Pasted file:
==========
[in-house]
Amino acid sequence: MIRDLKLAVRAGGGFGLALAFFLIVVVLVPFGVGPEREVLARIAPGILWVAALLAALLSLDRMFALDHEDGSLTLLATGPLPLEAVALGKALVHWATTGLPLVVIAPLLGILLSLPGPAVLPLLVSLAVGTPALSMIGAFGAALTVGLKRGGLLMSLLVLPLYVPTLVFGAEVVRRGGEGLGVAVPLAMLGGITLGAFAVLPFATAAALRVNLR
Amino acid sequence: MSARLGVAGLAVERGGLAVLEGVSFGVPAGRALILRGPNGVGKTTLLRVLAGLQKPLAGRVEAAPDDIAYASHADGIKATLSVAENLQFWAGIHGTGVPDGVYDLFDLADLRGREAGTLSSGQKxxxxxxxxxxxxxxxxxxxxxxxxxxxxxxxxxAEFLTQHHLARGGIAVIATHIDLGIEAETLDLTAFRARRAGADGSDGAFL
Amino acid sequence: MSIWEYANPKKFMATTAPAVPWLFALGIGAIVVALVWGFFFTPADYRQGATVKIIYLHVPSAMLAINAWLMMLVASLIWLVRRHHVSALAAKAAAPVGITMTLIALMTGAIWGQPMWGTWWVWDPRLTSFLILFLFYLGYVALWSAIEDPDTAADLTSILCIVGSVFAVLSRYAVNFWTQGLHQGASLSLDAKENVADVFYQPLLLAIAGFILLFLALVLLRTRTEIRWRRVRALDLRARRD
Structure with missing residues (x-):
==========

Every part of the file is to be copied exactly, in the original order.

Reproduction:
[in-house]
Amino acid sequence: MIRDLKLAVRAGGGFGLALAFFLIVVVLVPFGVGPEREVLARIAPGILWVAALLAALLSLDRMFALDHEDGSLTLLATGPLPLEAVALGKALVHWATTGLPLVVIAPLLGILLSLPGPAVLPLLVSLAVGTPALSMIGAFGAALTVGLKRGGLLMSLLVLPLYVPTLVFGAEVVRRGGEGLGVAVPLAMLGGITLGAFAVLPFATAAALRVNLR
Amino acid sequence: MSARLGVAGLAVERGGLAVLEGVSFGVPAGRALILRGPNGVGKTTLLRVLAGLQKPLAGRVEAAPDDIAYASHADGIKATLSVAENLQFWAGIHGTGVPDGVYDLFDLADLRGREAGTLSSGQKxxxxxxxxxxxxxxxxxxxxxxxxxxxxxxxxxAEFLTQHHLARGGIAVIATHIDLGIEAETLDLTAFRARRAGADGSDGAFL
Amino acid sequence: MSIWEYANPKKFMATTAPAVPWLFALGIGAIVVALVWGFFFTPADYRQGATVKIIYLHVPSAMLAINAWLMMLVASLIWLVRRHHVSALAAKAAAPVGITMTLIALMTGAIWGQPMWGTWWVWDPRLTSFLILFLFYLGYVALWSAIEDPDTAADLTSILCIVGSVFAVLSRYAVNFWTQGLHQGASLSLDAKENVADVFYQPLLLAIAGFILLFLALVLLRTRTEIRWRRVRALDLRARRD
Structure with missing residues (x-):